First Light Fusion wants to operate a net gain inertial fusion machine in 2027
Ignition and net gain at Lawrence Livermore National Laboratory’s National Ignition Facility (NIF) in December 2022 focused global attention on the prospects of inertial fusion energy (IFE). First Light Fusion and the U.K. Atomic Energy Authority (UKAEA) acknowledged the achievement as they announced plans on January 25 to design and build a demonstration facility known as Machine 4 at UKAEA’s Culham Campus in Oxford, U.K., using First Light’s “projectile approach” to IFE. Construction is expected to begin in 2024, and operations are “likely to commence” in 2027.
First Light Fusion has been working on an inertial confinement approach to fusion power for over a decade—the company was founded at the University of Oxford and spun out from the university in 2011. NIF’s announcement “proved what we always knew,” said First Light cofounder and chief executive officer Nick Hawker, “that inertial confinement fusion works and offers the potential for a faster route to commercial fusion. It also had considerable positive repercussions for us at First Light.”
“Our approach leverages the same physics now proven by NIF but combines it with a unique approach that gets to a competitive cost point in a truly scalable manner,” Hawker added. “We’ve already proven fusion. Gain is our next milestone. We are very confident Machine 4 will allow us to achieve this while we continue to develop plans for a pilot commercial fusion power plant.”
The fusion approach: First Light Fusion calls its approach “projectile fusion.” Pulsed power machines provide electromagnetic launch to send a projectile toward a target consisting of a fuel capsule inside an amplifier, delivering extremely high pressure to the fuel pellet to force it to fuse and produce energy. “The targets are the key technology in First Light’s approach to fusion and they are nearly all trade secrets,” according to First Light’s website.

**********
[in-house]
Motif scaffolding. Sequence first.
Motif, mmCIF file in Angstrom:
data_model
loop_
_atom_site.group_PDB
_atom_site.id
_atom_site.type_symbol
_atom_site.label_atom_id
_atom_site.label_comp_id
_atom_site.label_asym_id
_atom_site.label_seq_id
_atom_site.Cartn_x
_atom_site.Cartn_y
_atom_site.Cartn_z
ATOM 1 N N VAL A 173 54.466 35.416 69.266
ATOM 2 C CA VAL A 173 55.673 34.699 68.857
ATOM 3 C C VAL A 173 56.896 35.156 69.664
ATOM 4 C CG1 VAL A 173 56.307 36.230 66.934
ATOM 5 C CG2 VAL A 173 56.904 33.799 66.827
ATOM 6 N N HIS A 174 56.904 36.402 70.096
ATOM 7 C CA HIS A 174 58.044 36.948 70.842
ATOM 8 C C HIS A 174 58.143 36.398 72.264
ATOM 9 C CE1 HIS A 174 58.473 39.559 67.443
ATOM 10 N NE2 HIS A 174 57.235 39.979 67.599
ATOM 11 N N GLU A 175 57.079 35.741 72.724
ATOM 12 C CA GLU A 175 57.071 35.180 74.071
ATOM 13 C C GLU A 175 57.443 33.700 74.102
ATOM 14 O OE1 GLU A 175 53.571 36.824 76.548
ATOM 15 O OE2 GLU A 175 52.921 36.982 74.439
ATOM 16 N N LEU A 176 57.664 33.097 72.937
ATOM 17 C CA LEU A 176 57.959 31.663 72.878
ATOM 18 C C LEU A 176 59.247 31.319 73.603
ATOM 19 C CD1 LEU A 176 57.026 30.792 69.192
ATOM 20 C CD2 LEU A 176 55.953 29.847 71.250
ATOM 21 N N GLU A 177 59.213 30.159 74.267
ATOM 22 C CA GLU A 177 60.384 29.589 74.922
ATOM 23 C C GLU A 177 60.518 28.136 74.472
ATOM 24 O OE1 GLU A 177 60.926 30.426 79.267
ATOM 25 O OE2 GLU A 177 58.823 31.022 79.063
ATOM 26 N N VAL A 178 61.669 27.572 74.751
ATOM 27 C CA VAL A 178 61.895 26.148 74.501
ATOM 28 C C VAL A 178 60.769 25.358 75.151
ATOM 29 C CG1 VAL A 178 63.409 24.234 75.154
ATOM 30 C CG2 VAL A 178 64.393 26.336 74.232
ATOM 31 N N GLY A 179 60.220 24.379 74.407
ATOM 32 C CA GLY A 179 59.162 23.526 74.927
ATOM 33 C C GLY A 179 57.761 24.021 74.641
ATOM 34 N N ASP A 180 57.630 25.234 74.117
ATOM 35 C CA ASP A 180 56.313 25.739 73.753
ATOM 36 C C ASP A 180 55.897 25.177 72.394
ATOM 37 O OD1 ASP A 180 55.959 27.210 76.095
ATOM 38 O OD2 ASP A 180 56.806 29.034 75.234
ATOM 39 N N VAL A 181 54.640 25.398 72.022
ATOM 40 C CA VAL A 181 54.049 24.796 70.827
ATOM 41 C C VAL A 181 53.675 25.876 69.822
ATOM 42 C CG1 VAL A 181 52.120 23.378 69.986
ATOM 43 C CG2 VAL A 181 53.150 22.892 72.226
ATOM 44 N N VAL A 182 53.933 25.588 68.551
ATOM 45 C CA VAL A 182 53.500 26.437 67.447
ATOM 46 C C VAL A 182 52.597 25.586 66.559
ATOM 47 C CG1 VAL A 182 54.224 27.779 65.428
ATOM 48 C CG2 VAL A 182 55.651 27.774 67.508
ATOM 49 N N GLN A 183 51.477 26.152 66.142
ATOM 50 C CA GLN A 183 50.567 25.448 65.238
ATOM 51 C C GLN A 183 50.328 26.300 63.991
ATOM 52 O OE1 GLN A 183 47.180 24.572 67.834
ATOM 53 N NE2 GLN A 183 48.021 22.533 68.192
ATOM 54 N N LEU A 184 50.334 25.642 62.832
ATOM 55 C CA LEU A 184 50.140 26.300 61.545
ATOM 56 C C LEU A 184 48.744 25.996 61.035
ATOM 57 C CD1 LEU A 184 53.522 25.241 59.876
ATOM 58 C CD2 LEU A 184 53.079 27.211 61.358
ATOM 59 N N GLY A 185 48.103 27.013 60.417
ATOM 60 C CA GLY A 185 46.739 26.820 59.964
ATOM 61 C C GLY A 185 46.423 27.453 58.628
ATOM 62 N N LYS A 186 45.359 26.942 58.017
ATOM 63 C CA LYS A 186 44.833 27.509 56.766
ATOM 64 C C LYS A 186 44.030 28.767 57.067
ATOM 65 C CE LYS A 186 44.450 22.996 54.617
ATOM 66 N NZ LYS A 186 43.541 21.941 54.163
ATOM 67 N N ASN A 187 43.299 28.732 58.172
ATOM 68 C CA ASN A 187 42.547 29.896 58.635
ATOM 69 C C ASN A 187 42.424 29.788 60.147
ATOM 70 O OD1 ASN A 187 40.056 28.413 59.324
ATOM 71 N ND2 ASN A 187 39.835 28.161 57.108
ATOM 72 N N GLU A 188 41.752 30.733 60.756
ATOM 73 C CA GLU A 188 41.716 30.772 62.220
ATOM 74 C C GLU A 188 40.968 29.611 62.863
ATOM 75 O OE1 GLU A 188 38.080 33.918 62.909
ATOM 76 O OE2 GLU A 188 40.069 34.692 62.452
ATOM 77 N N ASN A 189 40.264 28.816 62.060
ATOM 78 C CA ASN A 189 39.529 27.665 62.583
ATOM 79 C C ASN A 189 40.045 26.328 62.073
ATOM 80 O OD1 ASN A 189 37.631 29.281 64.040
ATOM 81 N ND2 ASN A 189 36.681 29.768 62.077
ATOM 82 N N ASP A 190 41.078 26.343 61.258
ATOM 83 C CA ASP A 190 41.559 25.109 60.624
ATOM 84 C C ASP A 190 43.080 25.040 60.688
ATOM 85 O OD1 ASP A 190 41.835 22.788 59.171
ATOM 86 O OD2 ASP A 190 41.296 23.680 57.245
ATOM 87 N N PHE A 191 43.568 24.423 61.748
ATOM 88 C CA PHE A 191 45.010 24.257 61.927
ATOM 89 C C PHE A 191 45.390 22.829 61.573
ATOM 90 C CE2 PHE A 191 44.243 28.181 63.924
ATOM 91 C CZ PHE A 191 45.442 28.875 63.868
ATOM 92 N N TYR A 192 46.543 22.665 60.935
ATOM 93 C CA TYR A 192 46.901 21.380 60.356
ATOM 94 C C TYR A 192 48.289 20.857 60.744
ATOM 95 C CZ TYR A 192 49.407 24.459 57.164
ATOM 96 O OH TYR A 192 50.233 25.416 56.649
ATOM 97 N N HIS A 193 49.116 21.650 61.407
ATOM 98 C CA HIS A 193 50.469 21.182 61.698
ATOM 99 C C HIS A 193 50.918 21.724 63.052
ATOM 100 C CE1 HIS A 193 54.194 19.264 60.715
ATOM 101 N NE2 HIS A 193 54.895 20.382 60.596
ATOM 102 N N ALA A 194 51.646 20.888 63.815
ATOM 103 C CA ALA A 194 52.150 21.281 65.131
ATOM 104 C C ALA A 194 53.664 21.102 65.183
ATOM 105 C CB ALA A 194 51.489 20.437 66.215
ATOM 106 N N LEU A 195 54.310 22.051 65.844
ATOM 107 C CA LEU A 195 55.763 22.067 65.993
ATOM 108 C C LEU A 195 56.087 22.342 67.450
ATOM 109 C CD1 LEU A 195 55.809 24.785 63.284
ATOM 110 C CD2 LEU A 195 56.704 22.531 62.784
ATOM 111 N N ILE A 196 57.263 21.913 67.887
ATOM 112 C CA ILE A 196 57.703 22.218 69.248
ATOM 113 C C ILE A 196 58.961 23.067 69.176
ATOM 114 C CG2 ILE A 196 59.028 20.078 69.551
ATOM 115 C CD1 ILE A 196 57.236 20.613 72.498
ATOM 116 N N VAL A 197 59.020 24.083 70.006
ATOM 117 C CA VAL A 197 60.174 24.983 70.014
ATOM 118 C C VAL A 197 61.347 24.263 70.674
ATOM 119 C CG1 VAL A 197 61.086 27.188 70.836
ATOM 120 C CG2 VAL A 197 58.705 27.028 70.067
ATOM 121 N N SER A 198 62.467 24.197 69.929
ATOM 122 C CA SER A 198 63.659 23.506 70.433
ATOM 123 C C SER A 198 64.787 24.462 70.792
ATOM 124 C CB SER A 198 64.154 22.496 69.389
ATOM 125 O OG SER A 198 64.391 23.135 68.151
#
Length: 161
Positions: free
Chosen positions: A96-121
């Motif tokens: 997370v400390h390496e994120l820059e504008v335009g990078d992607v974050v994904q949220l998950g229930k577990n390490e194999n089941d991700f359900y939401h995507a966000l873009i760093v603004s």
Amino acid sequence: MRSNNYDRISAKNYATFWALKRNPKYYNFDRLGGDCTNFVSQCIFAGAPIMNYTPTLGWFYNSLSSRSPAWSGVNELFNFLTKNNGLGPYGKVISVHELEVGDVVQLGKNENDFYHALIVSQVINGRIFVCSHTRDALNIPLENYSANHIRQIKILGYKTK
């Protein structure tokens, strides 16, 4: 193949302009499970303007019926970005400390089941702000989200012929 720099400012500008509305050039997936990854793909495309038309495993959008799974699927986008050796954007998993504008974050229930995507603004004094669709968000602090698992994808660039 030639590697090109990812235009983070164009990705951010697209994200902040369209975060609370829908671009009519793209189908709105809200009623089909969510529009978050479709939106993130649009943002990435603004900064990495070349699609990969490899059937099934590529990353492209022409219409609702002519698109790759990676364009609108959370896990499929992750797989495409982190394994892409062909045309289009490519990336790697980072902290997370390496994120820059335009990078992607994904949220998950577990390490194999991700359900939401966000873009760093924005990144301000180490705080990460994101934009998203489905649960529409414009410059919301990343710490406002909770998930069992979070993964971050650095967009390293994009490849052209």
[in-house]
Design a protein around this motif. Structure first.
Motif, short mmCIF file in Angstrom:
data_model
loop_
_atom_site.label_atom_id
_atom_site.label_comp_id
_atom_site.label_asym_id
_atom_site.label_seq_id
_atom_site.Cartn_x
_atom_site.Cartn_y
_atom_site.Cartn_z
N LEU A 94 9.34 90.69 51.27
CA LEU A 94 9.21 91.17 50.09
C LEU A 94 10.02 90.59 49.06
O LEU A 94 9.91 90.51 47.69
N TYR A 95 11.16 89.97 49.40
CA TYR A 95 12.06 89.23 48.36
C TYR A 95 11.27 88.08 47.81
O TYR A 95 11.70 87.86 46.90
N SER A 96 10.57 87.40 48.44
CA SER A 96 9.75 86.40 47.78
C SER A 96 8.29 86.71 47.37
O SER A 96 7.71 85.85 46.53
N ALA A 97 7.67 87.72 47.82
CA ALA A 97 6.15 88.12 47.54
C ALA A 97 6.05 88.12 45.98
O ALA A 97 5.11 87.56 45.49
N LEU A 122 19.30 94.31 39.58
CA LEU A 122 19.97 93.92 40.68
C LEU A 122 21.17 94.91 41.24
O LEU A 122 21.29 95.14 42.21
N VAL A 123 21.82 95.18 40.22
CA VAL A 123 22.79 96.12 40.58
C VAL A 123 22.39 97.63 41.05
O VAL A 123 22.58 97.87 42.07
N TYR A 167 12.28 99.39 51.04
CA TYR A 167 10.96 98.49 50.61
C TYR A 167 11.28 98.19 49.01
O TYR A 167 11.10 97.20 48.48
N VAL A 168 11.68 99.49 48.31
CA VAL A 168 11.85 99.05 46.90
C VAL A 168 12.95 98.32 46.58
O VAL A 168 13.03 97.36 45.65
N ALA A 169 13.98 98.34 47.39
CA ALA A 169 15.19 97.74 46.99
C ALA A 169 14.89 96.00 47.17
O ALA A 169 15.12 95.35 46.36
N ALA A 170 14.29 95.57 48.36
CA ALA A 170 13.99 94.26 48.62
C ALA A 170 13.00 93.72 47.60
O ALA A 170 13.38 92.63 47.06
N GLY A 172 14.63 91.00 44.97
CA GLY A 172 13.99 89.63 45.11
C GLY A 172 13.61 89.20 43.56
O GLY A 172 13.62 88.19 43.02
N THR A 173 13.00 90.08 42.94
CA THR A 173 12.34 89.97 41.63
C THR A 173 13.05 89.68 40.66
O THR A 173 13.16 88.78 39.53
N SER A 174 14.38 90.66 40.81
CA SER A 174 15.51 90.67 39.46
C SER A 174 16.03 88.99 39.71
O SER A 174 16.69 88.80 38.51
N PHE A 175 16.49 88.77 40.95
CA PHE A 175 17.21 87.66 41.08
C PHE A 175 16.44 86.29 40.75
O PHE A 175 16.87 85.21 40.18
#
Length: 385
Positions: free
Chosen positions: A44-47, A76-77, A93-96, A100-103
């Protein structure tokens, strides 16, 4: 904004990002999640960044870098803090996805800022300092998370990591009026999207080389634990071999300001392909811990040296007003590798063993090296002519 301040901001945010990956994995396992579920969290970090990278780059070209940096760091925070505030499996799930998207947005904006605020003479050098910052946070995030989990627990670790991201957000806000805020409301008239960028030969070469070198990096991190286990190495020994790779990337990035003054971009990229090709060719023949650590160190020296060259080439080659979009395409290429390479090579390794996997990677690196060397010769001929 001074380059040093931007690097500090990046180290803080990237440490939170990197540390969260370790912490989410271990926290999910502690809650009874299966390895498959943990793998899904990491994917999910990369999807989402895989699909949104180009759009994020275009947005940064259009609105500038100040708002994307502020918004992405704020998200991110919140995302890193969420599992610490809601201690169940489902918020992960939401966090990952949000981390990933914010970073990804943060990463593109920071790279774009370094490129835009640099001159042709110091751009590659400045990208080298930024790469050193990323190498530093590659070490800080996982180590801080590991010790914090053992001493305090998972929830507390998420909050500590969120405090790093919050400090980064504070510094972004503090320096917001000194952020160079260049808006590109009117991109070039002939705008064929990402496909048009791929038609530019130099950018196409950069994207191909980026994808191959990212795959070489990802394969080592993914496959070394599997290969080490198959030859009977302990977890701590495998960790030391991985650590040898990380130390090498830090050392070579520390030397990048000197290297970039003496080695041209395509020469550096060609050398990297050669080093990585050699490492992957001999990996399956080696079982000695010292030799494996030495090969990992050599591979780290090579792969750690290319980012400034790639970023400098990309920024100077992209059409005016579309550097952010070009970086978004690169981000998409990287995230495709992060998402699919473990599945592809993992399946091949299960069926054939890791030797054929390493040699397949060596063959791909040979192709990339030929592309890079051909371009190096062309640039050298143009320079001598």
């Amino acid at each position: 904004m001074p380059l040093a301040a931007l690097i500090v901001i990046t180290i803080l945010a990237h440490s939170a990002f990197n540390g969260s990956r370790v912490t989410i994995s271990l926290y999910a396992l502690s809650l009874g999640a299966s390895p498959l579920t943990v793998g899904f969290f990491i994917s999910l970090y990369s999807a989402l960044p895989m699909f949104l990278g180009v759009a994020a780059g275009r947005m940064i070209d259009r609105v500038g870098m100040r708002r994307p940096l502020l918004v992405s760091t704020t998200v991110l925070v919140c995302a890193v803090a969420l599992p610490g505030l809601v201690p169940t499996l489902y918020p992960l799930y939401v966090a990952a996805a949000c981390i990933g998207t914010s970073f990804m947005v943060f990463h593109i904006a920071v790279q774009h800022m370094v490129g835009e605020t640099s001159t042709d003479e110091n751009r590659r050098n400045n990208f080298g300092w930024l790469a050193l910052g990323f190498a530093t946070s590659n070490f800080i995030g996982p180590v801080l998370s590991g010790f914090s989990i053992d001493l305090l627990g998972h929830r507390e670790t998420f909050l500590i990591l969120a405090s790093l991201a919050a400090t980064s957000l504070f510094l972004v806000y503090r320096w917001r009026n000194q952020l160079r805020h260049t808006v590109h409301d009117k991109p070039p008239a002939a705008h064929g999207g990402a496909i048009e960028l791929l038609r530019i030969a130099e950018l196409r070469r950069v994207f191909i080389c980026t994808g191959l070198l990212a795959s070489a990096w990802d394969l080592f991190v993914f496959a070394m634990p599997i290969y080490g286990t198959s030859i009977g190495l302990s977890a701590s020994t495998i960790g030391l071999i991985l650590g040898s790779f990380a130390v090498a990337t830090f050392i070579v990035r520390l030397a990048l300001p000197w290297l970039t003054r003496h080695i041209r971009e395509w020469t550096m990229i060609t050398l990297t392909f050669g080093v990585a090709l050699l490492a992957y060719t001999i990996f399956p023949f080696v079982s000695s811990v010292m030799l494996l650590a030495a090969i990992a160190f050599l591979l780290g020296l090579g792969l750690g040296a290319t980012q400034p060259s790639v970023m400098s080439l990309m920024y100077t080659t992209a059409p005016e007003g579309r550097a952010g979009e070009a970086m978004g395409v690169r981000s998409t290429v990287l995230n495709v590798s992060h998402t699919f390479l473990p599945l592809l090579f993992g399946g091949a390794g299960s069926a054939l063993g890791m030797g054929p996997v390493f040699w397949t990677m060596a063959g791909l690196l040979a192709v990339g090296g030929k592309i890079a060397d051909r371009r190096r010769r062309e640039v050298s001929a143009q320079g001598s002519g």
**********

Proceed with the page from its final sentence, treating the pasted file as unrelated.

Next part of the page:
As envisioned for a power plant, “the target will simply be dropped into the reaction chamber from above, falling under gravity. The projectile is launched downwards on top of the target and catches it up in the center of the chamber.” A video illustrates the concept.
The demo plan: First Light Fusion expects UKAEA’s expertise and supply chain infrastructure will expedite the development of Machine 4 at the Culham Campus, according to the organizations.
“We are delighted that this First Light Fusion demonstration facility will be at Culham,” said Ian Chapman, CEO of UKAEA. “We have enjoyed a long relationship with First Light Fusion as it has progressed its unique projectile fusion method, and worked with them to validate their maiden fusion result in 2022. First Light joins other fusion pioneers in working at Culham as we continue to drive U.K. economic growth and a thriving fusion industry.”
Although the machine itself will not generate power, it will be used to develop technology needed for future inertial fusion energy power plants. According to First Light, the company is “aiming for a power plant producing ~150 MW of electricity, firing once every 30 seconds, and costing less than $1 [billion].”
Other work: First Light is currently using its Machine 3 to test its fusion targets. In May 2021 First Light announced it had installed a 22-meter gas gun it calls the Big Friendly Gun, or BFG (a likely nod to Roald Dahl), to use with Machine 3.
First Light Fusion has also formed a technical partnership with Canadian Nuclear Laboratories to collaborate on a 60-MW pilot fusion power plant designed to produce excess tritium.
Culham is also planning to host a fusion demonstration plant featuring General Fusion’s hybrid magneto-inertial fusion approach.